My life was accompanied by the Socialist life of Leipziger Strasse, which today leads to Potsdamer Platz but at the time came to an end at the Wall. Today I know that a hundred years ago, Leipziger Strasse was a narrow, popular, and highly populated commercial street filled with tobacco shops, horse-drawn streetcars, sandstone curlicues on the buildings, and women with fancy hats. There were still Jewish-owned textile mills in the neighborhood at the beginning of the thirties. But when I was a child, none of this remained, and I didn’t know there was something, or someone, missing. Today I also know that the tall buildings, like the one I lived in, were constructed with propagandistic intentions as a response to the Springer Publishing headquarters on the West side of the Wall, but as a child, I simply enjoyed all the lights we could see on the other side from the terrace above the twenty-third floor. We read the time for our Socialist recess from an illuminated display in the city’s Western half, visible from our side of the Wall. That the building to which this display was attached also bore the illuminated letters B.Z., advertising a newspaper we’d never heard of, was of no interest to us. For our Sunday walks, my parents would bring me to the end of Leipziger Strasse, to the area right in front of the Wall, where it was as quiet as in a village. There was smooth prewar asphalt perfect for roller-skating, and the final stop on the bus line, no through traffic beyond. This was where the world came to an end. For a child, what could be better than growing up at the end of the world? Read More >>

Fine Dining

December 15, 2014 | by

Columbano_Bordalo_Pinheiro_-_Refeicao_Interrompida

Columbano Bordalo Pinheiro, Refeição interrompida (Interrupted Meal), 1883.

There’s a human-interest story that’s been making the rounds on the “Weird But True” circuit lately. It concerns a restaurant in Chongqing, China, that gives diners discounts based on their weight. Upon entry, customers step onto a scale. As China Radio International reports, “The policy says, for male diners, the more they weigh, the more discounts they are entitled to. If a male customer weighs more than 140 kilograms, then the meal is free.” That’s 308 pounds. For a woman to eat free, however, she must weigh fewer than seventy-six pounds. In other words, the promotion applies to overweight men and very thin women. It’s what you might call the Anti–Jack Sprat Initiative. The exact thinking behind the marketing scheme is not explained.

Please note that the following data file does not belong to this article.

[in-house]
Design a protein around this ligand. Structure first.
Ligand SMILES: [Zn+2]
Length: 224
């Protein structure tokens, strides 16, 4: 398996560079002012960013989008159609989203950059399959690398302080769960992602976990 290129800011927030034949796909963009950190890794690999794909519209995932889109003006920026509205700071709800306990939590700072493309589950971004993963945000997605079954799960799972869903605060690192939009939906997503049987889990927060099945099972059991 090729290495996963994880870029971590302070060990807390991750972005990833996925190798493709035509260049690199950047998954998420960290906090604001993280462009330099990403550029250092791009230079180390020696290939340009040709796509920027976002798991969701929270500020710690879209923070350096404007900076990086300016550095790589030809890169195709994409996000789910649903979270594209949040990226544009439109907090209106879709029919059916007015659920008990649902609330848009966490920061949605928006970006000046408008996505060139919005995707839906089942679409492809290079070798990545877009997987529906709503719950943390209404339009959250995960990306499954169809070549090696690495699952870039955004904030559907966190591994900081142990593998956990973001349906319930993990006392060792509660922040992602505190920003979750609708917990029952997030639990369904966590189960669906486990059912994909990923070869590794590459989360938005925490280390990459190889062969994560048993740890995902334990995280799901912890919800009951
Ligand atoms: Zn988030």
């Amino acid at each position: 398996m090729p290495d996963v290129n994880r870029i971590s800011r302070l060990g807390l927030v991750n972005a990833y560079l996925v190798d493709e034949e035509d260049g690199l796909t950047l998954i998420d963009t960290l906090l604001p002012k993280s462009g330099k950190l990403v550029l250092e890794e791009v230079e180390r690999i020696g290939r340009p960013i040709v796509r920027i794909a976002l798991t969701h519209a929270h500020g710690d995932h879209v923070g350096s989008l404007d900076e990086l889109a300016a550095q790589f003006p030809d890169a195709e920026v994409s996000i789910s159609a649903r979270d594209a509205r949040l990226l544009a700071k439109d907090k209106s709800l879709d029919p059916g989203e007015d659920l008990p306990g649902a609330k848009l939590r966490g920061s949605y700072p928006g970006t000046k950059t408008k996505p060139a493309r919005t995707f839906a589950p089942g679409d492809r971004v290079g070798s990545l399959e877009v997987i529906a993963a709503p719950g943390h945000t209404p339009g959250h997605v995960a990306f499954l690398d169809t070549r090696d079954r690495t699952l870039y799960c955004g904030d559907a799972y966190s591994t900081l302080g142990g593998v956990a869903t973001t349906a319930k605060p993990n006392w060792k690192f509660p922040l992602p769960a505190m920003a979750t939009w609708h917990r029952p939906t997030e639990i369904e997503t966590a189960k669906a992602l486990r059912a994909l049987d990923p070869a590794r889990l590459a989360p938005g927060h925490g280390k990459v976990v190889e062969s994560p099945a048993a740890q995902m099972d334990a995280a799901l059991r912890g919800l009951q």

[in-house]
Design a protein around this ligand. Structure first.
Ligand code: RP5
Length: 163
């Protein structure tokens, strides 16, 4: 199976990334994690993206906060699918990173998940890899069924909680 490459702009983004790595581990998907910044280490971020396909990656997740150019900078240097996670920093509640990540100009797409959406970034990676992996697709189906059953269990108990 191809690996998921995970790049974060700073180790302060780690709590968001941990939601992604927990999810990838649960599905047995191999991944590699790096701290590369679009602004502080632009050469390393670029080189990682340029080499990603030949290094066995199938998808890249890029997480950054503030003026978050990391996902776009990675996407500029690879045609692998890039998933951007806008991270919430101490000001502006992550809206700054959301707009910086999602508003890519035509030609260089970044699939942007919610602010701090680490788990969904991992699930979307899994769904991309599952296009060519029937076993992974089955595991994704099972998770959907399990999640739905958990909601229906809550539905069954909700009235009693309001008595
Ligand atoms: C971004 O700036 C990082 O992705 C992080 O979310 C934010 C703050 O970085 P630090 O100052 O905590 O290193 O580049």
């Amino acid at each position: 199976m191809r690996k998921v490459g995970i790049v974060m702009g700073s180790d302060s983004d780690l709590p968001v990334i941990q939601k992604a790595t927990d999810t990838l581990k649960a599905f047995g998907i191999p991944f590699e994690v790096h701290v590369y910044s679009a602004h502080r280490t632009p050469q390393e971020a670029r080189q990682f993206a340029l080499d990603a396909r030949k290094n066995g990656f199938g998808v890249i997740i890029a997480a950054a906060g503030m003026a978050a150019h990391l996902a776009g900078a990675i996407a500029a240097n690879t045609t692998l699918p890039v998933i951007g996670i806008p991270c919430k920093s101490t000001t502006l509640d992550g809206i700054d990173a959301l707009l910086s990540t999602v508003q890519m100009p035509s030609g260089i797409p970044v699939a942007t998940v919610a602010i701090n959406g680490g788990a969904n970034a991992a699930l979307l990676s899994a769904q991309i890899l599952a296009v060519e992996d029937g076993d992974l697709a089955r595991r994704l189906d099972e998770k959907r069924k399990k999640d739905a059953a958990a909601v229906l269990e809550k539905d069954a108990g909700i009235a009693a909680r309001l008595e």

My family did not eat out very often. When we did, it was most often at one of two places: Pizza and Brew or the Ground Round. (I always agitated for the sophistication of Red Lobster, but I rarely got my way.) Pizza and Brew’s appeal was obvious enough—pizza, and I guess brew—but we went to the Ground Round for one reason only: Pay What You Weigh Night. Read More »

William Meredith’s “Parents”

November 26, 2014 | by

James Vaughan, via Flickr

INTERVIEWER

Some of the poems in The Cheer revolve around a single, central, and somewhat mysterious idea. I’m thinking of poems like “Parents”…

MEREDITH

I’d love to tell you the story about “Parents” because it occurred one time after I’d gone to a Thanksgiving dinner where a couple I’m very fond of had three surviving parents. The three parents seemed to me valid, charming, interesting people, about my own age, and to their children they seemed, as parents normally do, embarrassing, stupid, tedious, albeit lovable. I saw my friends suffering and I remembered such suffering. The poem says essentially, “It is in the nature of things that one’s own parents are tacky, and this should give you compassion because your children will find you tacky.” The poem came out of that particular experience.

—William Meredith, the Art of Poetry No. 34, 1985

What it must be like to be an angel
or a squirrel, we can imagine sooner.

The last time we go to bed good,
they are there, lying about darkness.

They dandle us once too often,
these friends who become our enemies.

Suddenly one day, their juniors
are as old as we yearn to be.

They get wrinkles where it is better
smooth, odd coughs, and smells.

It is grotesque how they go on
loving us, we go on loving them

The effrontery, barely imaginable,
of having caused us. And of how.

Their lives: surely
we can do better than that.

This goes on for a long time. Everything
they do is wrong, and the worst thing,

they all do it, is to die,
taking with them the last explanation,

how we came out of the wet sea
or wherever they got us from,

taking the last link
of that chain with them.

Father, mother, we cry, wrinkling,
to our uncomprehending children and grandchildren.